A contractor was awarded an emergency contract Monday to repair the 10 Freeway, which was closed indefinitely between California State Route 86 and the Arizona State Line after a 30-foot section of a bridge collapsed amid heavy rains in Desert Center east of Palm Springs.
Representatives from Granite Construction Inc. were still evaluating the work to be done late Monday and did not immediately have a timetable for getting the vital route reopened, Caltrans officials said.
"You've got one section (of the bridge) that's undermined and another section that's missing," Caltrans District 8 spokeswoman Terri Kasinga told City News Service. "This could turn into something that's a long-term detour."
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Officials said the westbound bridge could be reopened to traffic in both directions if the water didn't wash away too much soil.
The bridge failed Sunday afternoon, trapping truck driver Bryan Castor, after heavy rains caused flooding in the area, about 50 miles west of Blythe and the Arizona border.
Firefighters responded to the scene at 4:43 p.m. and began a cut-and-rescue operation on the eastbound side of the freeway near the Tex Wash, about a half-mile east of Eagle Mountain, according to Jennifer Fuhrman of the Riverside County Fire Department.
The truck driver, who suffered moderate injuries, was freed about 6:50 p.m. and taken to Desert Regional Medical Center in Palm Springs, according to the California Highway Patrol. A passenger had earlier made it out of the vehicle.
The 10 Freeway is a transcontinental linkage that spans California to Florida.
Caltrans structural engineers were on the scene Monday morning to begin assessing the damage at the site of the collapse and other surrounding washes and structures along that section of the I-10, Kasinga said.
Motorists were advised to avoid I-10 travel and use detour routes such as Arizona Route 95 to Interstate 40 or Interstate 8 to State Route 111 to Route 86 to get around the closure, she said.
State Route 78 remained closed due to flooding. State Route 177 from Desert Center reopened about 2 a.m.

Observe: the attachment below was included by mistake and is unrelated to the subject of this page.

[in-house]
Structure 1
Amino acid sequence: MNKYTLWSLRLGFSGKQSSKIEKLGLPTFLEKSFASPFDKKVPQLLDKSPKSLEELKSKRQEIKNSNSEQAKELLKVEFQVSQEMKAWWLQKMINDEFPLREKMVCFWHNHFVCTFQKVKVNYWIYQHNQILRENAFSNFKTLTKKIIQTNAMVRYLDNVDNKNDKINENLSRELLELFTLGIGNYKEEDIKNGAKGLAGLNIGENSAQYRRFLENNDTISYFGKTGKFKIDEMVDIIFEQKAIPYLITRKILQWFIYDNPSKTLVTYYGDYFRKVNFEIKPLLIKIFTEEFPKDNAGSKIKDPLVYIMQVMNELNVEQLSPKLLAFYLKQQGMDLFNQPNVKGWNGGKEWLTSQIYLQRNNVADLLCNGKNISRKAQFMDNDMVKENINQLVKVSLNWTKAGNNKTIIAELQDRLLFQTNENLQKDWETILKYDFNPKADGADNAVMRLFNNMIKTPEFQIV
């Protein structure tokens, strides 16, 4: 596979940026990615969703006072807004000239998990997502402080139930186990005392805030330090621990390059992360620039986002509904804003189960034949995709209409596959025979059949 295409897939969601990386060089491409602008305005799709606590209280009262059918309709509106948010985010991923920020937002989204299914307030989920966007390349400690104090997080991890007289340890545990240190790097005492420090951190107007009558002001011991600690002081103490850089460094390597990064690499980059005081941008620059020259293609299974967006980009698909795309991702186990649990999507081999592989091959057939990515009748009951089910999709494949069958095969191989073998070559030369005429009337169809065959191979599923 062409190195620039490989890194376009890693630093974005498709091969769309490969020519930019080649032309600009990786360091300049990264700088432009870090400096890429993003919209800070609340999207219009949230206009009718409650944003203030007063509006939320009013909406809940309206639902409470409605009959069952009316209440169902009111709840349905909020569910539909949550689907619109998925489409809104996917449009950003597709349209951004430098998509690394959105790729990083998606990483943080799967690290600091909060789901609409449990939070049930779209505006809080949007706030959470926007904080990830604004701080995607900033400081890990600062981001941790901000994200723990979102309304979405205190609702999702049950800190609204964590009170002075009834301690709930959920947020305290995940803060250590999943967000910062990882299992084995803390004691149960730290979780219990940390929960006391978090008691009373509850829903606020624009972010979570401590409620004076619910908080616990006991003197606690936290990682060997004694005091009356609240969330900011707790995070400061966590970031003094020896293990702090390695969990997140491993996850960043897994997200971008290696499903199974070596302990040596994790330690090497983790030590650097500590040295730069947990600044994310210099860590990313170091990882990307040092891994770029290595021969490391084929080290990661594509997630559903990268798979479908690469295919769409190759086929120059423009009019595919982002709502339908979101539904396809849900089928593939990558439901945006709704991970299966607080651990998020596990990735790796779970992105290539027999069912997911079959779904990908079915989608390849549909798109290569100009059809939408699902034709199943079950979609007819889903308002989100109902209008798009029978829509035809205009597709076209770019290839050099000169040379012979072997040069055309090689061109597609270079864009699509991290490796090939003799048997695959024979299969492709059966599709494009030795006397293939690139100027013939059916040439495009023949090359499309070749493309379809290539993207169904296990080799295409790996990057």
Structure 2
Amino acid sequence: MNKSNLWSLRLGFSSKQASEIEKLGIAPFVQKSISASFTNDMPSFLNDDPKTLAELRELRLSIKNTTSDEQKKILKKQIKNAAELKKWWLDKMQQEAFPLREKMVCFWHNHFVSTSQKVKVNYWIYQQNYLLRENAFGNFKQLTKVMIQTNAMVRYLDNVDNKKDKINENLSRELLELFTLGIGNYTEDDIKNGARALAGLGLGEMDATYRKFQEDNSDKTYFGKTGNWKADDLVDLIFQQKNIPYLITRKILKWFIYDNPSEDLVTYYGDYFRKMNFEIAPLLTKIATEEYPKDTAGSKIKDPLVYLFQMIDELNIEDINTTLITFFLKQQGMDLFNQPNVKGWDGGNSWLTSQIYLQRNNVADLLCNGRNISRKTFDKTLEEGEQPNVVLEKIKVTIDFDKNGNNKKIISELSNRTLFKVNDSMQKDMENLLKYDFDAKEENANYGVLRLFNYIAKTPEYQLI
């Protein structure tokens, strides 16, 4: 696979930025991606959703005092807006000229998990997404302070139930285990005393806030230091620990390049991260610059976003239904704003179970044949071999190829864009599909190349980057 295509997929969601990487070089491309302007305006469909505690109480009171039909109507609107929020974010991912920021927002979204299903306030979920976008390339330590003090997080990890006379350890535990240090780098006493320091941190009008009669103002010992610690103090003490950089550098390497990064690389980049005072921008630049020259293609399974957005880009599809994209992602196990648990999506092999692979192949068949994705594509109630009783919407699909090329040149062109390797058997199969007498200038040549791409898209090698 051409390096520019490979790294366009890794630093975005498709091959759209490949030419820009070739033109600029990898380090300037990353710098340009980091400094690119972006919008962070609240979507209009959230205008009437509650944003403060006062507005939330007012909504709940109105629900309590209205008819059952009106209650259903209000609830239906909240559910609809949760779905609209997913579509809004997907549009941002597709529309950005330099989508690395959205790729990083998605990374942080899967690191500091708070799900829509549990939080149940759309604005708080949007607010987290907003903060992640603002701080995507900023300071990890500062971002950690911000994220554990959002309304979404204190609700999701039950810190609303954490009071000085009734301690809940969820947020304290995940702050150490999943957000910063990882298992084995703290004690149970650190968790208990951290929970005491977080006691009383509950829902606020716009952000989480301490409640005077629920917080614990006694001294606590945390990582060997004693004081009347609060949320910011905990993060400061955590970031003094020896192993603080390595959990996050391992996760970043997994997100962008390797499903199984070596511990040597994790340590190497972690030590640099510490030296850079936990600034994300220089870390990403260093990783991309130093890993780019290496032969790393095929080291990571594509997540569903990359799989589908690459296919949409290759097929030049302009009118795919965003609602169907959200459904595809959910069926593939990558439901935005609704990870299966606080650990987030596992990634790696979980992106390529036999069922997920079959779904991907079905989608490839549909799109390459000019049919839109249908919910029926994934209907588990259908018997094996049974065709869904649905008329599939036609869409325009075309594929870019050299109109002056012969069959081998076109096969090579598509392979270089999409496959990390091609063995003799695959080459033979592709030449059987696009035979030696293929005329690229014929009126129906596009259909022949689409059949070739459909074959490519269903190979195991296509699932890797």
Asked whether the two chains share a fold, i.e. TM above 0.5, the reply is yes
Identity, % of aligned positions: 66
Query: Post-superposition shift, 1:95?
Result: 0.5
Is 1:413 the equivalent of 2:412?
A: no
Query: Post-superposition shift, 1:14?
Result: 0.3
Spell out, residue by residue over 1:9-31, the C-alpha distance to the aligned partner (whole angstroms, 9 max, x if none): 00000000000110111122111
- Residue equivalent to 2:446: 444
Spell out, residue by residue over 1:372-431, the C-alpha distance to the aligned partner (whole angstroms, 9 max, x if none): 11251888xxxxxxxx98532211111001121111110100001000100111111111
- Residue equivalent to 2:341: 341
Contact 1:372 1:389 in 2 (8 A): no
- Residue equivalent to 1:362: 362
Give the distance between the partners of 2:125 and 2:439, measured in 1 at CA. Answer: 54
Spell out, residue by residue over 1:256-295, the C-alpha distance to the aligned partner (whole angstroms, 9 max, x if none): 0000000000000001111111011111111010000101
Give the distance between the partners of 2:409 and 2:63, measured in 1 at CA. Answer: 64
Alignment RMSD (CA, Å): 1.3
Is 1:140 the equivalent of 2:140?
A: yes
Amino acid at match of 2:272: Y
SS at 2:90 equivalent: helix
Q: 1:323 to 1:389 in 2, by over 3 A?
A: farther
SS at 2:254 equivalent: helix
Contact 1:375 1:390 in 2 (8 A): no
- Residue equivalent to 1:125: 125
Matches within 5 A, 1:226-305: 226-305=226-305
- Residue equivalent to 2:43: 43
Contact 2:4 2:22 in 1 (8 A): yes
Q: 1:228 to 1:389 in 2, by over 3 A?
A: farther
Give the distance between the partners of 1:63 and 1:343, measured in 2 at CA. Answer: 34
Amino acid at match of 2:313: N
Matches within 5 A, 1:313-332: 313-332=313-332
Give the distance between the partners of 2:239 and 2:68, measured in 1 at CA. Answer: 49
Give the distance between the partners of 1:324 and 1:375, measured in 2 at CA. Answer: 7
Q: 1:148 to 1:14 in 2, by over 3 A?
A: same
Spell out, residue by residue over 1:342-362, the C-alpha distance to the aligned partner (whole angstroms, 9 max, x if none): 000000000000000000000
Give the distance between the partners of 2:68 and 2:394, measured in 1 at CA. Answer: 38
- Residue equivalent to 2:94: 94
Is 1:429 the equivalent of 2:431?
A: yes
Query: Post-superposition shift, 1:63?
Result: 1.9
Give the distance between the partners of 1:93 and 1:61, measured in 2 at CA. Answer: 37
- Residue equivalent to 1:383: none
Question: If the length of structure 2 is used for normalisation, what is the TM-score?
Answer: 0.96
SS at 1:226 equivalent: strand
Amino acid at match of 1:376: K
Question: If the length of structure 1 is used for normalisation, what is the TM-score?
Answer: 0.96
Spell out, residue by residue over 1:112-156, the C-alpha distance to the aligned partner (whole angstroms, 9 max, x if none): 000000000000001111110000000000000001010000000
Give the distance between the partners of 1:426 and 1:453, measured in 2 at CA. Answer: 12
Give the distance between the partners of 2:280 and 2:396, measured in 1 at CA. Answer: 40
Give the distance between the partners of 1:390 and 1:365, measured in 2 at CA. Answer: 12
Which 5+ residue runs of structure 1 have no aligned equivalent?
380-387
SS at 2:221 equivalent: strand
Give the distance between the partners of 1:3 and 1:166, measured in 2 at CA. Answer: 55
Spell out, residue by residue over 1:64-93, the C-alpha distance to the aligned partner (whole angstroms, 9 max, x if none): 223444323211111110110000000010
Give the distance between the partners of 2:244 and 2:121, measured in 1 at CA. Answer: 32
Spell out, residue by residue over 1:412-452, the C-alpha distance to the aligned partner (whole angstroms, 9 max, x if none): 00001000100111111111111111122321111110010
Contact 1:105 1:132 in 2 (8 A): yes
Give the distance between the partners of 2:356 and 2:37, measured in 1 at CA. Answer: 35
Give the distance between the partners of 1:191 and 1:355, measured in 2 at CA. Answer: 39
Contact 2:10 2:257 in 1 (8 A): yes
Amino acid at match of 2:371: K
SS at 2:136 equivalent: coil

"But I would not advise any travel right now between Coachella and the Arizona state line," Kasinga said. "If you don't have to go, don't go."
Traffic backups were expected, Kasinga said, noting the interstate "is probably the biggest movement corridor in and out of Southern California."
"A lot of trucks come from the port (of Los Angeles) get on the 10 and go straight on out," she said.
Riverside County Board of Supervisors Chairman Marion Ashley said Monday that the board intends to declare a local state of emergency as a result of the collapse.
"We'll try to address this situation very quickly and efficiently," said Riverside County Board of Supervisors Chairman Marion Ashley. "Forty percent of the goods shipped throughout the country pass through that corridor, either by highway or rail. Now it's been cut in half."
Ashley said the board will be reviewing Tuesday how the interstate's indefinite closure may impact trade and transportation countywide. Emergency declarations often enable affected parties to apply for state and federal relief covering the period in which they're impacted.
"The closest thing I can compare it to is the Northridge earthquake," Ashley said. "Our governor at that time, Pete Wilson, declared a statewide emergency and exempted projects from environmental assessments so that the contractor could get in there and fix the quake-damaged interchanges in record time. We need something like that now."
Ashley said he was not prepared to "point the finger of blame" at state engineers or other authorities responsible for ensuring the integrity of the span that crumbled.